Britain 'would consider' Kyrgyz request for Bakiyev's son
Britain would consider a request to extradite the son of Kyrgyzstan's ousted president, accused of instigating deadly riots, even if there is no such treaty between the countries, officials said Thursday.
The Home Office refused to say whether Kyrgyzstan was seeking the return of Maxim Bakiyev, 32, who arrived in Britain Sunday as inter-ethnic riots raged in his home country, killing at least 191 people.
A spokesman said there was no extradition treaty with the former Soviet country but told AFP: "Under certain circumstances we would consider a request... there are provisions in place."
A statement from the UK Border Agency, a unit of the Home Office which deals with immigration, confirmed Bakiyev's arrival in Britain.
"On 13 June a 32-year-old man was questioned by UK Border Agency staff after arriving at Farnborough airport without the necessary documentation to enter the UK. We are not able to comment further on this case," it said.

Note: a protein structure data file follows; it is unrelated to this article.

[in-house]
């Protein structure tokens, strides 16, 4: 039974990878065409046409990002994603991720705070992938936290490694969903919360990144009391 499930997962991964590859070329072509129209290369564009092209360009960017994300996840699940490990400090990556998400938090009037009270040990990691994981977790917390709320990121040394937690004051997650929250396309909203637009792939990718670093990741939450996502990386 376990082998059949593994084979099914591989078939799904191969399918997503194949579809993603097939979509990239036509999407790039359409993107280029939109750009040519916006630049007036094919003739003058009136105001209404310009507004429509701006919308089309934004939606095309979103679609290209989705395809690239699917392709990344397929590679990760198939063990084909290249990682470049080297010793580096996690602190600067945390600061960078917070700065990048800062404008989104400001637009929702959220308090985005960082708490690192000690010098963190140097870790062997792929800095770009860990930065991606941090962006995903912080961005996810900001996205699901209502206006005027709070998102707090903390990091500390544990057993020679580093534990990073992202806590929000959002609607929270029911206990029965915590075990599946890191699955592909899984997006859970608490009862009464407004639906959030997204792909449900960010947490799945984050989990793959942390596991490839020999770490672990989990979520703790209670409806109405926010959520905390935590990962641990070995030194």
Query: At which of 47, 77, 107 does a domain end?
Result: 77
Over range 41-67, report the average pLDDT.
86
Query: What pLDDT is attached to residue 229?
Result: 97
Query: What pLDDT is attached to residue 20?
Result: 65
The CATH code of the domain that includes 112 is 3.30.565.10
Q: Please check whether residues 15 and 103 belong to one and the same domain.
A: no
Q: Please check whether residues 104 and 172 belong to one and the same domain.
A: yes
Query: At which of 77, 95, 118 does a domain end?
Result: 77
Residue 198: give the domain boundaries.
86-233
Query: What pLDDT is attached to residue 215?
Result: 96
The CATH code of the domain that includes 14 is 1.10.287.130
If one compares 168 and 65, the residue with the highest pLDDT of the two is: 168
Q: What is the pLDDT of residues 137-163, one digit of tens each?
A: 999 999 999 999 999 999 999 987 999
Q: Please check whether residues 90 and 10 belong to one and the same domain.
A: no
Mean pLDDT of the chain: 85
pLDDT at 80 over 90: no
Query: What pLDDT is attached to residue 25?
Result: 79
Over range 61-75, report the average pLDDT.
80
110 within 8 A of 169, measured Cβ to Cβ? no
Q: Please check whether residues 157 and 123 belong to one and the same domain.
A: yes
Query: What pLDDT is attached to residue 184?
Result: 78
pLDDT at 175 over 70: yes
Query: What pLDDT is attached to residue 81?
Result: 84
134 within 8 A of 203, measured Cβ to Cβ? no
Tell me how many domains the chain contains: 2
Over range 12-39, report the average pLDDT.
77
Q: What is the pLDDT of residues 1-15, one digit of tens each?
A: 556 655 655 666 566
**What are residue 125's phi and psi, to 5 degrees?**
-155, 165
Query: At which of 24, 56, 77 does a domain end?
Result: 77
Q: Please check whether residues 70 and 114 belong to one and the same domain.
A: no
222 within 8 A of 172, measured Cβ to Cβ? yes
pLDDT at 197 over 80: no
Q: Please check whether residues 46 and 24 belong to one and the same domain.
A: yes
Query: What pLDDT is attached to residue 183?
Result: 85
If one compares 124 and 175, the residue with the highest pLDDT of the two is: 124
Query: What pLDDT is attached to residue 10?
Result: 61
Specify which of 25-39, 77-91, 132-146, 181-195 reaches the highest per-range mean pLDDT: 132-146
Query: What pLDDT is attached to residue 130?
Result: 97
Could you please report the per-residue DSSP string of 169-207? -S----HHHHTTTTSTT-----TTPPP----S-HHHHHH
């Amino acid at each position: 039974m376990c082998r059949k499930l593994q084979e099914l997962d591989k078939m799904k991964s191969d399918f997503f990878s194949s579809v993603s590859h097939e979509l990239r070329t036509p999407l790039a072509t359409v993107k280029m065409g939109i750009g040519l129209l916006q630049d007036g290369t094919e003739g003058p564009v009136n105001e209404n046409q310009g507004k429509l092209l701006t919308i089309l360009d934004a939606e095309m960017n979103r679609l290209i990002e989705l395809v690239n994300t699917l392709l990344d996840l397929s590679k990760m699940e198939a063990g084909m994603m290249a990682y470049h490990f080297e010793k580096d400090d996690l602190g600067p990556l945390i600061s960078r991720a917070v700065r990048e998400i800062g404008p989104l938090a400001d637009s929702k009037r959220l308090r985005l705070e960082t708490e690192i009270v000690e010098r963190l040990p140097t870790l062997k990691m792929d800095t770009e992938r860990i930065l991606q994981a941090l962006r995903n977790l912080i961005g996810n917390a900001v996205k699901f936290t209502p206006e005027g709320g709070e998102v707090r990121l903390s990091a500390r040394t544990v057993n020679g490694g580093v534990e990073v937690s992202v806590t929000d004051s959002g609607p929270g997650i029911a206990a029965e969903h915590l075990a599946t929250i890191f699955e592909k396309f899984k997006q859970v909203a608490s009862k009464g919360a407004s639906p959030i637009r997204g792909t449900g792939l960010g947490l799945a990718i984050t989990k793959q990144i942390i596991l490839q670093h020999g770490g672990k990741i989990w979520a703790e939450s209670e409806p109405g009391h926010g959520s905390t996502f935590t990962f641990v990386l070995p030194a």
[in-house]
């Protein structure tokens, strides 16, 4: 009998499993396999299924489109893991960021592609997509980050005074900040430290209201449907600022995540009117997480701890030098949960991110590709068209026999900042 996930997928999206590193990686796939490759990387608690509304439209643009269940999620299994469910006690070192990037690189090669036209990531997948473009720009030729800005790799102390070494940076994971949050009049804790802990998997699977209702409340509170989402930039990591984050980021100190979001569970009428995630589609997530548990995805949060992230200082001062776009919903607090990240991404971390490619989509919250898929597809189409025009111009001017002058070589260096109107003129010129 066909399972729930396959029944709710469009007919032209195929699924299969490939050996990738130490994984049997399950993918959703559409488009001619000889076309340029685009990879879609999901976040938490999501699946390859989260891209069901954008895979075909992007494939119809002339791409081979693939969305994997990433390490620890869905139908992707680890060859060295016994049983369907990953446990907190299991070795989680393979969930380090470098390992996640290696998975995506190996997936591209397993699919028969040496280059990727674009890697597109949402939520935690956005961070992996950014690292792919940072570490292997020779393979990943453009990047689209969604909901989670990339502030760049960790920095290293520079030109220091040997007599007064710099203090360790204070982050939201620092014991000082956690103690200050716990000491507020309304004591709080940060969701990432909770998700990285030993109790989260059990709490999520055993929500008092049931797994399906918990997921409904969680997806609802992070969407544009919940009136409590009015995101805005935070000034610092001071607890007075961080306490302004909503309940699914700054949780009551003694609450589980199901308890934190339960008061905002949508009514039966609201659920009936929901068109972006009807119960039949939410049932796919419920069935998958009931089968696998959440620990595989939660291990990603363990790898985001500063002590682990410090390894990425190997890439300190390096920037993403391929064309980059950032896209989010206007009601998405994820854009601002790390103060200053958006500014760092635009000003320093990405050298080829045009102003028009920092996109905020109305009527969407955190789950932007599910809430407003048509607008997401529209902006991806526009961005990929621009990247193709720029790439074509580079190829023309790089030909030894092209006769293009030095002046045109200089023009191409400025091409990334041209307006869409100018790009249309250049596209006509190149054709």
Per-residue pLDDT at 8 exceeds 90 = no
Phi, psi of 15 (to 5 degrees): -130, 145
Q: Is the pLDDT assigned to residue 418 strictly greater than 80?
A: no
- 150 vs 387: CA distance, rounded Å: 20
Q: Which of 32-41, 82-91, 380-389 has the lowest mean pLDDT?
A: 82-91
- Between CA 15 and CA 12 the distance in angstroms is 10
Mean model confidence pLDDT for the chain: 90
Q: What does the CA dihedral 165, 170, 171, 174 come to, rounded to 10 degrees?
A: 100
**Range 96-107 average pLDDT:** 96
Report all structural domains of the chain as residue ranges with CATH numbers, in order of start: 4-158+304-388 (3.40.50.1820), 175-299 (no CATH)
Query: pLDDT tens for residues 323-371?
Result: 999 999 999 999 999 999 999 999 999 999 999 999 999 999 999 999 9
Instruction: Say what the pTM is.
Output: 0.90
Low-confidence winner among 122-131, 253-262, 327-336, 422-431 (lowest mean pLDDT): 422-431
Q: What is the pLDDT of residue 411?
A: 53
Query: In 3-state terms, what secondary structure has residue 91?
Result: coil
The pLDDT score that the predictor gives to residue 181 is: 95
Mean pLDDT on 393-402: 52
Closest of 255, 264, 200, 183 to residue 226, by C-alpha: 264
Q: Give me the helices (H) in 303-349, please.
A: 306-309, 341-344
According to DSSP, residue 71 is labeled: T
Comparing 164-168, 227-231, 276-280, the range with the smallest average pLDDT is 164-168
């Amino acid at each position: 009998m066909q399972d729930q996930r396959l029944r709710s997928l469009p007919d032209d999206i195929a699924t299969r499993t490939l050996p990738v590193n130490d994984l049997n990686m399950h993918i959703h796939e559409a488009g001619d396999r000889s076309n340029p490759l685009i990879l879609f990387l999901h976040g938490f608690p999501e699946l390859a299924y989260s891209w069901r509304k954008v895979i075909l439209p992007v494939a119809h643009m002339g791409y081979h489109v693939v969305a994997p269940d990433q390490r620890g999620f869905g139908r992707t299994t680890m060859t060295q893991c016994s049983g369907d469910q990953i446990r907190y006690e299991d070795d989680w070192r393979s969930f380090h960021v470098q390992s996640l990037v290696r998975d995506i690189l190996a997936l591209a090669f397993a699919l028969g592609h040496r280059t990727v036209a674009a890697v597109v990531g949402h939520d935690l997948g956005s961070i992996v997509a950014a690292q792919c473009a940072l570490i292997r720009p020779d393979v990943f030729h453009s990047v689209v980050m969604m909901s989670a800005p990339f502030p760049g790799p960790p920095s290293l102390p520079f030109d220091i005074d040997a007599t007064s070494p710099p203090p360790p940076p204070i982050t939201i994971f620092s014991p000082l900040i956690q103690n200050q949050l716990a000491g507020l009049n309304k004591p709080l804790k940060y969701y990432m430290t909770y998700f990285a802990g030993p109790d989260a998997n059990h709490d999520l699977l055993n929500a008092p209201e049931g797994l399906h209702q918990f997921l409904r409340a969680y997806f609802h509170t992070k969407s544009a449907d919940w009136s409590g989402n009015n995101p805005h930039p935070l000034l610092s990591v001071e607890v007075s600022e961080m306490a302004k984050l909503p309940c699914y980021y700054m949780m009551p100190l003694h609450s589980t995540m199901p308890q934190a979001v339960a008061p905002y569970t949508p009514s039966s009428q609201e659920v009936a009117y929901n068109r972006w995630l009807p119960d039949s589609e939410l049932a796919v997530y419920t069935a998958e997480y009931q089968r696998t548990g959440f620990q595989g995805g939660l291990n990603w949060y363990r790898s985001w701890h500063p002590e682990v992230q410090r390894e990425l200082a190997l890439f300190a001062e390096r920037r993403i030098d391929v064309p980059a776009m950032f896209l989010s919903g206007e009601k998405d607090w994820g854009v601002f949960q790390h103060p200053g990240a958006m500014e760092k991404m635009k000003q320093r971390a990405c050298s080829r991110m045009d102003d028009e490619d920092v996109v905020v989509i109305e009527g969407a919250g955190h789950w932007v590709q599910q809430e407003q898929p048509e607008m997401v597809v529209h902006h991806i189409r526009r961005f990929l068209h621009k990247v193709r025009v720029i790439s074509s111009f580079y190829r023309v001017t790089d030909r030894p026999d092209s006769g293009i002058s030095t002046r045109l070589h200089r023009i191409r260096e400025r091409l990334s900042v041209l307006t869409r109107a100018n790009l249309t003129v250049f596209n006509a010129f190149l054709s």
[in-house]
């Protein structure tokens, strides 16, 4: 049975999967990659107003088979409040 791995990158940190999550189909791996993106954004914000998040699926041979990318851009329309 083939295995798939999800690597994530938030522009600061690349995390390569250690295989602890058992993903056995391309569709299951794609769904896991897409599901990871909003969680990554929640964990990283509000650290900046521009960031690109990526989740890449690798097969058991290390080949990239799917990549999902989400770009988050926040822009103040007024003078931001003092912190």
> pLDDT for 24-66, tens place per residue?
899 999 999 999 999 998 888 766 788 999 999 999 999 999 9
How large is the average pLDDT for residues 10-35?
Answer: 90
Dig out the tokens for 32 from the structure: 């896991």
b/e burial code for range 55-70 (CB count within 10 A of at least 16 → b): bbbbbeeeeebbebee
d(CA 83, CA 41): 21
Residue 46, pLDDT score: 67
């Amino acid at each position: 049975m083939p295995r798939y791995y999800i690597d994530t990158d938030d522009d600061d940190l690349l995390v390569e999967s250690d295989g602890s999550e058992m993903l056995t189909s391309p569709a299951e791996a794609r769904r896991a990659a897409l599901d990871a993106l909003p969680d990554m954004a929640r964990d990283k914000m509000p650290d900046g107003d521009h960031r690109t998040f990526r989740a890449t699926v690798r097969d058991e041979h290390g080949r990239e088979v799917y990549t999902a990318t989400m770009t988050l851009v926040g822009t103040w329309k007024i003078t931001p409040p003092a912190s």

Bakiyev, nicknamed "the Prince" for his penchant for luxury, is the son of former Kyrgyz president Kurmanbek Bakiyev, who was toppled in violent street protests in April and subsequently fled the country.
The interim authorities in Bishkek have accused him of being an instigator of last week's violence, while he also faces criminal charges related to his former position as head of the agency that controls state assets and loans.
The interim authorities said Tuesday they had requested his extradition.
In April he was charged with transferring at least 35 million dollars of a 300-million-dollar state loan from Russia to a number of bank accounts.
He is also being investigated by the interim Kyrgyz government for possible corrupt business practices related to fuel supply contracts he handled for a US airbase, key for military operations in Afghanistan.
© 2010 AFP